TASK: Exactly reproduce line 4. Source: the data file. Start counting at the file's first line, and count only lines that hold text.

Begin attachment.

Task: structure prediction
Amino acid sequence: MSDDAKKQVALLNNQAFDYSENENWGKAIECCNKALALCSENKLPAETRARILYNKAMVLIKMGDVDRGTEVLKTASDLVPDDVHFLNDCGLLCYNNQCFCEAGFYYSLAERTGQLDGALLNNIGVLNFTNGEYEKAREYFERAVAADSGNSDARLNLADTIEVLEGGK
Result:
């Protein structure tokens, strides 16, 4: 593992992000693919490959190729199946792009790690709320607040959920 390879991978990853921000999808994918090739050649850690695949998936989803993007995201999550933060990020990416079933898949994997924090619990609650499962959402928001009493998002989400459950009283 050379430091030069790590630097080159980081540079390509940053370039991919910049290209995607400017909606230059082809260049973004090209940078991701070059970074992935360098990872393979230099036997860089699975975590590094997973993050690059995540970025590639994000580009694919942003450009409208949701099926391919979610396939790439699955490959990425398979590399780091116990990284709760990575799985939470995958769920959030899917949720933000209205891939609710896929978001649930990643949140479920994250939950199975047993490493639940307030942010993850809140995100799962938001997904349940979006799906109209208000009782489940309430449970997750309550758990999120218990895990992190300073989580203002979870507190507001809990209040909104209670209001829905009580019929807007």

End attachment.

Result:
């Protein structure tokens, strides 16, 4: 593992992000693919490959190729199946792009790690709320607040959920 390879991978990853921000999808994918090739050649850690695949998936989803993007995201999550933060990020990416079933898949994997924090619990609650499962959402928001009493998002989400459950009283 050379430091030069790590630097080159980081540079390509940053370039991919910049290209995607400017909606230059082809260049973004090209940078991701070059970074992935360098990872393979230099036997860089699975975590590094997973993050690059995540970025590639994000580009694919942003450009409208949701099926391919979610396939790439699955490959990425398979590399780091116990990284709760990575799985939470995958769920959030899917949720933000209205891939609710896929978001649930990643949140479920994250939950199975047993490493639940307030942010993850809140995100799962938001997904349940979006799906109209208000009782489940309430449970997750309550758990999120218990895990992190300073989580203002979870507190507001809990209040909104209670209001829905009580019929807007």